A First Look at SFMOMA's Offsite Programming
If you're fearing modern art withdrawal when SFMOMA shuts its doors on June 3 for its two-and-a-half-year-long expansion, rest assured. The museum has planned robust offsite programming to give you the culture fix you crave. Here's what to look out for around town.
Crissy Field (May 2013–May 2014)
SFMOMA has teamed up with the National Park Service and the Golden Gate Parks Conservancy for a yearlong waterfront display near the Golden Gate Bridge. Curated by SFMOMA director (and one of this year's Hot 30s > refer back to 7x7's October issue) Neal Benezra, the exhibition at Crissy Field is comprised of eight large-scale, steel sculptures by artist Mark di Suvero, who emigrated from Shanghai to San Francisco when he was seven and was greatly inspired by his passage under the GG Bridge (which opened a few years before his arrival). The outdoor exhibit (including a recent sculpture that's never been on view to the public before) is the largest display of the sculptor's work ever shown on the West Coast, and, wait for it … it's free.
Contemporary Jewish Museum (June 27–October 27, 2013)
"Beyond Belief: 100 Years of the Spiritual in Modern Art" explores the connections between art and spirituality, with works from Paul Klee and Piet Mondrian to Jackson Pollock and Mark Rothko to Kiki Smith and Teresita Fernández.
Cantor Arts Center at Stanford (November 13, 2013–March 16, 2014)
"Flesh and Metal: Body and Machine in Early 20th-Century Art" looks at the inherent tensions between man-made and machine-made, with more than 60 paintings, sculptures, photographs, and illustrated books by such artists as Marcel Duchamp, Max Ernst, and Man Ray.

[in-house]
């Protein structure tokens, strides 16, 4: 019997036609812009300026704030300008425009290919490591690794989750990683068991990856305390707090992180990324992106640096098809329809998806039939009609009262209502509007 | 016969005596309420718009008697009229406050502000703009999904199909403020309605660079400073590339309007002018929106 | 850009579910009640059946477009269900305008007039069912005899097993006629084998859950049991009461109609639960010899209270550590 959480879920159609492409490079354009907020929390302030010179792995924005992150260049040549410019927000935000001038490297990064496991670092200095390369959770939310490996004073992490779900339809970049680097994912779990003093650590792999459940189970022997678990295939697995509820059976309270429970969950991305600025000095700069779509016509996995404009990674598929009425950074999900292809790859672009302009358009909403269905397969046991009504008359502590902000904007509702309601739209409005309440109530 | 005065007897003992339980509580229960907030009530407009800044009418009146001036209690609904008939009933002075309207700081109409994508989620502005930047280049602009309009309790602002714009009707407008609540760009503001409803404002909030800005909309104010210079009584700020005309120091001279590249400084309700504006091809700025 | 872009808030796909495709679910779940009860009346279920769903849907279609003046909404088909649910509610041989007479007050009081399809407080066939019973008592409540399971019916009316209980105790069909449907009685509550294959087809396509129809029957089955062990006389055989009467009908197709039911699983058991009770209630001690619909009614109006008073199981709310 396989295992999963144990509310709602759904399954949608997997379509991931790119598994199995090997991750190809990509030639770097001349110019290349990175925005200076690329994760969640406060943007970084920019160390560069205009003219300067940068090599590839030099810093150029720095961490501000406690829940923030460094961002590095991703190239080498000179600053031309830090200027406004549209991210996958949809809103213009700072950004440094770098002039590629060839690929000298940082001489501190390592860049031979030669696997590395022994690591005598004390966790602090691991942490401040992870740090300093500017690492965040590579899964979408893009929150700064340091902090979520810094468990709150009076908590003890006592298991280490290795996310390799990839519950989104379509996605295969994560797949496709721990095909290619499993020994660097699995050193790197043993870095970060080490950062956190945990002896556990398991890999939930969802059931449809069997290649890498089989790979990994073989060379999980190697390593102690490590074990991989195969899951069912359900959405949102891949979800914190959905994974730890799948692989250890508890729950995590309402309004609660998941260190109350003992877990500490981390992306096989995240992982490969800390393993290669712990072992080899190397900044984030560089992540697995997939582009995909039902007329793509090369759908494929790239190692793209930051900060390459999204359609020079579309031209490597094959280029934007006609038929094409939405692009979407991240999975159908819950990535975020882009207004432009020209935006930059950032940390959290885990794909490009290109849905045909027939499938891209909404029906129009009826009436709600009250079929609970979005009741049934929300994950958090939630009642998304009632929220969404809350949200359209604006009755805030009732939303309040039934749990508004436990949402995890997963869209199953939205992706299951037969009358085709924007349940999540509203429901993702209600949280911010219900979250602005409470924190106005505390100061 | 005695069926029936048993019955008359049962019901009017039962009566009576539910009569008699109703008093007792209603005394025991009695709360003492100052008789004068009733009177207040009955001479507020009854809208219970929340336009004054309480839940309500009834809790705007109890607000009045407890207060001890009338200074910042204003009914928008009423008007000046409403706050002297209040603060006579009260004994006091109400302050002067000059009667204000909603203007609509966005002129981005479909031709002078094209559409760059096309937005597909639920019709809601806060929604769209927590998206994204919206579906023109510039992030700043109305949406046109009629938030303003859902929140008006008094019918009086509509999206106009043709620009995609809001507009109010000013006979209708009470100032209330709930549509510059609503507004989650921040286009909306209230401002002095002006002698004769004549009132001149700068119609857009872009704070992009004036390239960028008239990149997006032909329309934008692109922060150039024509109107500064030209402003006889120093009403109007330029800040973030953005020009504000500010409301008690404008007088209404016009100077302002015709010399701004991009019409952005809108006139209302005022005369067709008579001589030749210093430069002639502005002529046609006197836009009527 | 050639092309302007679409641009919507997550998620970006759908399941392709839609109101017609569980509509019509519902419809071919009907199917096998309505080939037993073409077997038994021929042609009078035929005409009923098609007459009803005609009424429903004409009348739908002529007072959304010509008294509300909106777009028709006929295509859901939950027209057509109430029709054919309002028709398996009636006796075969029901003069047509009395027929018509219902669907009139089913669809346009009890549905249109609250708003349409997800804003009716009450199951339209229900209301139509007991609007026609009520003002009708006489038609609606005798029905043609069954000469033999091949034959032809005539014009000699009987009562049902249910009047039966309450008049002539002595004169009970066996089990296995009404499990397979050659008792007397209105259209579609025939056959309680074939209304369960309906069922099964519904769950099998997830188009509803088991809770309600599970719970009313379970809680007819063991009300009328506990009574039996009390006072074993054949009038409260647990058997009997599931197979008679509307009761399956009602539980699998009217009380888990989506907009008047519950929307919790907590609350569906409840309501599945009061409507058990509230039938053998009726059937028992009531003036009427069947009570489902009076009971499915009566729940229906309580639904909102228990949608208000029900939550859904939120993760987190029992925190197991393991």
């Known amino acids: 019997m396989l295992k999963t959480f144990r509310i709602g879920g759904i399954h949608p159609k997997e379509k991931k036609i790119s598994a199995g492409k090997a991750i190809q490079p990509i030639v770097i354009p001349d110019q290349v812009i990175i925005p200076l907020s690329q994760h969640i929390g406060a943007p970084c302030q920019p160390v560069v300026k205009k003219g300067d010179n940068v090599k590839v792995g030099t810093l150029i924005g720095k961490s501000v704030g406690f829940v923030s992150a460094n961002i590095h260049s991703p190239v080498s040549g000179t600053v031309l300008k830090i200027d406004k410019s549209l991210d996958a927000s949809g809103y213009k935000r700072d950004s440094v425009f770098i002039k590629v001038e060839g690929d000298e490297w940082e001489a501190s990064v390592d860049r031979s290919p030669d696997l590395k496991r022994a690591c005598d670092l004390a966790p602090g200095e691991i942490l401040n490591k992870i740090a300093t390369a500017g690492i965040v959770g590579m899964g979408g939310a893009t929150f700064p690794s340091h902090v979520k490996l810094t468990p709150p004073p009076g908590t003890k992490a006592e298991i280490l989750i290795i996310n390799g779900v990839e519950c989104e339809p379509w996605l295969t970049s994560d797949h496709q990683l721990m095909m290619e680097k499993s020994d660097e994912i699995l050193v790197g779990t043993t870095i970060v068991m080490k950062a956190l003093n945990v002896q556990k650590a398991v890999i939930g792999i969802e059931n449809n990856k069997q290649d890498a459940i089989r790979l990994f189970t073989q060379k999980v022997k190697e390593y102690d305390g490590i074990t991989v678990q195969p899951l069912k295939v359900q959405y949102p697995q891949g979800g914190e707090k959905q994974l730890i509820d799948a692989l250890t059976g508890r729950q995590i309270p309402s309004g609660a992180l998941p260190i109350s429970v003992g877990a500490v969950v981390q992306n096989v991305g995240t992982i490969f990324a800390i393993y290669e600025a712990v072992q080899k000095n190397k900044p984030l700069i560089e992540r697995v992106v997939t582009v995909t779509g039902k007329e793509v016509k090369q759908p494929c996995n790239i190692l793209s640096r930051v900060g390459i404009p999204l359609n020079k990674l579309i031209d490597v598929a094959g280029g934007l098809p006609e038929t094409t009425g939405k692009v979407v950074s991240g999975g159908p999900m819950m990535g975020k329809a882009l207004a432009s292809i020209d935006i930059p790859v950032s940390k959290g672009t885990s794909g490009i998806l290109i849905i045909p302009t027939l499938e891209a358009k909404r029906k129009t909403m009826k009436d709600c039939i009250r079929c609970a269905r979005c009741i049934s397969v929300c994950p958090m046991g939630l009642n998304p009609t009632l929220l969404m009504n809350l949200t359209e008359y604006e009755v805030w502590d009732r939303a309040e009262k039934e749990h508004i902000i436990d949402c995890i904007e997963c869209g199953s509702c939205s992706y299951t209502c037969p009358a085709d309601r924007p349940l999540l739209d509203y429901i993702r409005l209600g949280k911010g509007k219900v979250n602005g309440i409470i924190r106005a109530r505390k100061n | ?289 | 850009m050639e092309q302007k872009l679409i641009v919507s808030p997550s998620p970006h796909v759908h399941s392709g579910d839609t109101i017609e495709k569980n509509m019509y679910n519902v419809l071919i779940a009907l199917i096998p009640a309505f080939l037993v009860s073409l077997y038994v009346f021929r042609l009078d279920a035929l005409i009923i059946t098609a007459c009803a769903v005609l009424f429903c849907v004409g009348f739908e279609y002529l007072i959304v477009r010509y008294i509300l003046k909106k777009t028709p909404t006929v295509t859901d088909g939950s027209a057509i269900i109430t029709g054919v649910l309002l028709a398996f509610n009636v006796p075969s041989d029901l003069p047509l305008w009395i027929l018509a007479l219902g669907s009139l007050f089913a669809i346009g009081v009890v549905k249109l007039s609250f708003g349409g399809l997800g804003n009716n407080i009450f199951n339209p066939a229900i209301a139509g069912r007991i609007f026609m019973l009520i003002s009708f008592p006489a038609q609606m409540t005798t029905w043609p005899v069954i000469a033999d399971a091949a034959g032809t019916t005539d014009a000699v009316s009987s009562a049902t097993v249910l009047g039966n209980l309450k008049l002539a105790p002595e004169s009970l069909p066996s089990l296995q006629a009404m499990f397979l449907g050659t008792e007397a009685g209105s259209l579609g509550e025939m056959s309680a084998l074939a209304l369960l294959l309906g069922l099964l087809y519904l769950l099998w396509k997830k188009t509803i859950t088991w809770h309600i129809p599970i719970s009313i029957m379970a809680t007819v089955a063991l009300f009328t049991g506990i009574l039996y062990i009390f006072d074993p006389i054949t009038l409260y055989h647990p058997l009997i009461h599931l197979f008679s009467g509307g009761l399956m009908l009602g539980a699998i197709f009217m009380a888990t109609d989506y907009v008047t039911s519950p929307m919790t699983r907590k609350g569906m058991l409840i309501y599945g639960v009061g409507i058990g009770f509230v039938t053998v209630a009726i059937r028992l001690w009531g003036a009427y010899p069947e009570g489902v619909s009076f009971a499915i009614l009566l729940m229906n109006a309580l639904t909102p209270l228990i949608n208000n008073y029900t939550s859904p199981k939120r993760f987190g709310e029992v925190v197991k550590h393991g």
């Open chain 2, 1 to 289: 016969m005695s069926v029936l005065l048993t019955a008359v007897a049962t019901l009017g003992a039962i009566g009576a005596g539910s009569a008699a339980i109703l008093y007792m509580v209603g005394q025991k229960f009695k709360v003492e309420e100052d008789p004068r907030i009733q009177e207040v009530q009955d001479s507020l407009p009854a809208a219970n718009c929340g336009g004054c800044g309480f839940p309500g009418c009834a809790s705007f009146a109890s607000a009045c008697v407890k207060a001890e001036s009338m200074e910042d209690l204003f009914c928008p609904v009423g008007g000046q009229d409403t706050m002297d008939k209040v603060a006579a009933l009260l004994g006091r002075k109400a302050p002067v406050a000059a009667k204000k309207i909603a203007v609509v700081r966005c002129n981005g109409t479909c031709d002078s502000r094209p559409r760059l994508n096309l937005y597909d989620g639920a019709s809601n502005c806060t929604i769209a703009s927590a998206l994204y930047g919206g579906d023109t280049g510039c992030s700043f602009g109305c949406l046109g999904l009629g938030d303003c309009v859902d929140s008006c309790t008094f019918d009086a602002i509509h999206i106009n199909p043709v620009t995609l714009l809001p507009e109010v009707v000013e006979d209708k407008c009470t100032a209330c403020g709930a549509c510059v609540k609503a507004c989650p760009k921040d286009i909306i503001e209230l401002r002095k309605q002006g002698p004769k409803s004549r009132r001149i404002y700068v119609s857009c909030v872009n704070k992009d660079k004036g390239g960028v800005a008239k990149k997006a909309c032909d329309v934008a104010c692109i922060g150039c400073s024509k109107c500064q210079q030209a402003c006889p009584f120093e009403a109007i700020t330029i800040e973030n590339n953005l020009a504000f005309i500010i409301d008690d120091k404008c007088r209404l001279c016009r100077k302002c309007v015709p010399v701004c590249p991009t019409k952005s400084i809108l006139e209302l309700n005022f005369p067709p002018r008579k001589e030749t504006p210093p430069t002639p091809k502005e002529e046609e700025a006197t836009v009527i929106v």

Los Altos (winter 2013–2014)
Silicon Valley gets a modern art makeover in this city-wide showing of works, both existing and newly commissioned site-specific projects. Artists respond to the history and culture of the place and its community in a variety of media.
Yerba Buena Center for the Arts (spring 2014)
This show will focus on issues of intimacy, gender, sexuality, and violence in South Africa as told by contemporary South African artists and performers, many of whom take an activist approach to their work.
Asian Art Museum (summer 2014)
An interesting collaboration between SFMOMA and the Asian Art Museum, this exhibit looks at the meaning of beauty and its sometimes extreme forms through the lens of Asian and Western art.
Hot off the press: SFMOMA just announced the four recipients of the 2012 SECA Art Award, a biennial honor that recognizes the most promising up-and-coming Bay Area talent. This year's winners are Zarouhie Abdalian, Josh Faught, Jonn Herschend, and David Wilson, and the off-site commissions of their work will begin in the fall of 2013 at various locations.
Shown simultaneously at different venues in the fall of 2014 are the three works that comprise Doug Aitken's Empire trilogy—the LA–based artist's trio of video installations reflecting on migration and myths of the West.
This barely scratches the surface of SFMOMA's extensive programming, so be sure to check their site regularly for updates and greater detail about what's going on around town.